Shishi-Iwa House project by Ryue Nishizawa
Pritzker Prize-winning architect Ryue Nishizawa was appointed by HDHP to design the second Shishi-Iwa House project, set to open in 2021. Similar to the first retreat designed by architect Shigeru Ban, the project aims to provide guests a sanctuary to reconnect with families and friends and to inspire intellectual creativity. Shishi-Iwa House by Ryue Nishizawa will be a seminal architectural masterpiece, paying homage to traditional Japanese residential architecture based on the shaku-kan grid system, hinoki cypress wood and garden courtyards. Nishizawa will be responsible for both architecture and interiors, allowing a coherent and integrated approach to the design. Discover more after the jump.
With a focus on sustainability and human scale, the retreat is designed as a cluster of 10 interconnected pavilions using locally-sourced hinoki cypress as the main building material. Hinoki cypress is considered a “sacred” wood in Japan as it has been used for centuries to build shrines, temples and palaces given its durability and the aromatic scents. The traditional shaku-kan grid system employs an efficient and environmentally friendly construction methodology, yielding minimal waste and mostly pre-fabricate offsite before installing onsite.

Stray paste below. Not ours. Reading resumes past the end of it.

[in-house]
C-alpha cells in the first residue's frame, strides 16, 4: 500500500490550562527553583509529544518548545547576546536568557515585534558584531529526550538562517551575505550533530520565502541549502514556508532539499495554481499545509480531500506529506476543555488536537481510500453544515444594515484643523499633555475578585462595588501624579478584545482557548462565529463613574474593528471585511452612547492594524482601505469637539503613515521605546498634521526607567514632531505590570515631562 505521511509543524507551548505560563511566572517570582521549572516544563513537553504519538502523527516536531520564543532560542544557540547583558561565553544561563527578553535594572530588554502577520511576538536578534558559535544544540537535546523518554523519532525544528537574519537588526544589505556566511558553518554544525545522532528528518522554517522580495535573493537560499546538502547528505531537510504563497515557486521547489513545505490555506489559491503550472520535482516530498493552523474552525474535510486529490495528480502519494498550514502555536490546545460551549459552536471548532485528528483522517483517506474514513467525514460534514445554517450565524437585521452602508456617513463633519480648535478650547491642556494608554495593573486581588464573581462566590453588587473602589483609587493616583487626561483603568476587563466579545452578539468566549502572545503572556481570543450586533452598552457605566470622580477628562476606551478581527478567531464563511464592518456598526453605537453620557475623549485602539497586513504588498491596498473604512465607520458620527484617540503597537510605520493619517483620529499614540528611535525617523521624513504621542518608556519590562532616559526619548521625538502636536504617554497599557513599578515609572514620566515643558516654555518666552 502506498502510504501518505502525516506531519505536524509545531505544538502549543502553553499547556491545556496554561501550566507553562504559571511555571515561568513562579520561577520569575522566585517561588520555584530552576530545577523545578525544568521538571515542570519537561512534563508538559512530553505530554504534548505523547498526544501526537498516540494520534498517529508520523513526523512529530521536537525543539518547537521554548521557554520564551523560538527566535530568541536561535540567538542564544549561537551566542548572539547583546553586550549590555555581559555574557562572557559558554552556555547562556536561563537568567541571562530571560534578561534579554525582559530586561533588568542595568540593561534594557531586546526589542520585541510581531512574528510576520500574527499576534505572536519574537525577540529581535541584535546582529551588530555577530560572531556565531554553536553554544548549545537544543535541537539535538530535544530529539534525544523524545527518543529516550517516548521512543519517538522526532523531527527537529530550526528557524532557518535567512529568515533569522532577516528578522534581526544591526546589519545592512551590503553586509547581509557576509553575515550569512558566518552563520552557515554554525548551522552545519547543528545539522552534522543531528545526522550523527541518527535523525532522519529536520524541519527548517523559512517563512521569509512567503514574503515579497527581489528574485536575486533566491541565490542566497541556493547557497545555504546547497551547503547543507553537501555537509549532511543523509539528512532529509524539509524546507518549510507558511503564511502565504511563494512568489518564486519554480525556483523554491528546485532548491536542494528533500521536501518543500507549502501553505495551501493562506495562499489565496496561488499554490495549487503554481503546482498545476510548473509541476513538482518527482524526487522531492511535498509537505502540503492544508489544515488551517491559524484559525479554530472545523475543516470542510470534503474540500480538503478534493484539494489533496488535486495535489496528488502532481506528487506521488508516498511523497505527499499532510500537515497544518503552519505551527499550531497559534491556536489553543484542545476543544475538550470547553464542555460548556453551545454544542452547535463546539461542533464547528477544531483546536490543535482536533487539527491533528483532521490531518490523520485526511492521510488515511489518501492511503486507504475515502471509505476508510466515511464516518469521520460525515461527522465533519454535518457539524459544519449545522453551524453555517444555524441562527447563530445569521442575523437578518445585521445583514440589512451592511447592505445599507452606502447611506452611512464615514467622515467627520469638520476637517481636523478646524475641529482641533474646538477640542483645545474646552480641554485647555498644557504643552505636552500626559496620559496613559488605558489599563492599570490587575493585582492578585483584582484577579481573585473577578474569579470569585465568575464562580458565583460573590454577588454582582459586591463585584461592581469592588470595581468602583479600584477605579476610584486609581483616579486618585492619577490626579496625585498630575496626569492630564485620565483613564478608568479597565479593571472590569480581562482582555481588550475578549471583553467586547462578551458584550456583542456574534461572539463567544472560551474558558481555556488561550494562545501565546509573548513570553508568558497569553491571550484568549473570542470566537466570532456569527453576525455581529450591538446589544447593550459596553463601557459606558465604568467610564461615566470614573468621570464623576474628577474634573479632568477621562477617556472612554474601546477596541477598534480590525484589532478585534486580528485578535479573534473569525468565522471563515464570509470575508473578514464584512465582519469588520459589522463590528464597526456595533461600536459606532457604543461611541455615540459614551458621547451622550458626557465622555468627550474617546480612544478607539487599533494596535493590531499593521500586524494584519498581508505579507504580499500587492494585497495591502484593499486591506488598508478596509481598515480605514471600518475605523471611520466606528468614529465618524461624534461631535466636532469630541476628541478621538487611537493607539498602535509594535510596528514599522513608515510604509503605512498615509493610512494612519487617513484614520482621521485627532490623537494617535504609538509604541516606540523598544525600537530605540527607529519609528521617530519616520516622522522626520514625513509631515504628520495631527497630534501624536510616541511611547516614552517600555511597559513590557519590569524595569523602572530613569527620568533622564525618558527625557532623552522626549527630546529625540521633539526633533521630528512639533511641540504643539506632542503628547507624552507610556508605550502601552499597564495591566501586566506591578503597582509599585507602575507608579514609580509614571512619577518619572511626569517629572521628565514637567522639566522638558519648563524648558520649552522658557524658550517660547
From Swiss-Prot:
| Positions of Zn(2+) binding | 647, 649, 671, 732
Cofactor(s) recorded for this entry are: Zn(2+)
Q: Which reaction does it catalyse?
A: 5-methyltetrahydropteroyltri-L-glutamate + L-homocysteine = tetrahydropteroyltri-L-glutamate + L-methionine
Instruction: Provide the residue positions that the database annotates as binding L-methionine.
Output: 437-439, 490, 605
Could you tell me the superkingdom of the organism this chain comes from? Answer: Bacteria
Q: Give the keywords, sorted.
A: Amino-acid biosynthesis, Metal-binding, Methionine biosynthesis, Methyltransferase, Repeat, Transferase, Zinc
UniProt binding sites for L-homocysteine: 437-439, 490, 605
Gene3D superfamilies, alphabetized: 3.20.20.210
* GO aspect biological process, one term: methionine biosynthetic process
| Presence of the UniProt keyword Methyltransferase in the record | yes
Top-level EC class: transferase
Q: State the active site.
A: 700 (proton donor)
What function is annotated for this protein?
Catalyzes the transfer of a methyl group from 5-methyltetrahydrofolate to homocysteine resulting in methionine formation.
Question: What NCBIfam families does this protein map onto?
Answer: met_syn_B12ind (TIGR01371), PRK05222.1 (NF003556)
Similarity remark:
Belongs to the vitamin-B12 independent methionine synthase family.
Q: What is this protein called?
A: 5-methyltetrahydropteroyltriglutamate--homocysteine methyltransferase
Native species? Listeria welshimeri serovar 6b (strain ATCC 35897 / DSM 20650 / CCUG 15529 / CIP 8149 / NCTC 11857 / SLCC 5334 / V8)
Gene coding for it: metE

The retreat will be exclusive with only 8 guest rooms in various sizes to accommodate both single travelers and families. Common facilities will include a reception and library area, shared living rooms and kitchenettes, a tea house, a bath house and a catering kitchen. The unusual building architecture creates different levels of privacies to promote communal sharing of spaces among guests.
Located on the same street as the first property in Karuizawa, Japan, Shishi-Iwa House by Ryue Nishizawa and its close proximity to the Shigeru Ban-designed property will allow guests to share communal areas, and enjoy the two projects by renowned Japanese architects side by side. Launched in February 2019, Shishi-Iwa House by Shigeru Ban opened its door as a restorative retreat that reinforces the relationship between nature, architecture and human connection.
Find more projects by Ryue Nishizawa: www.ryuenishizawa.com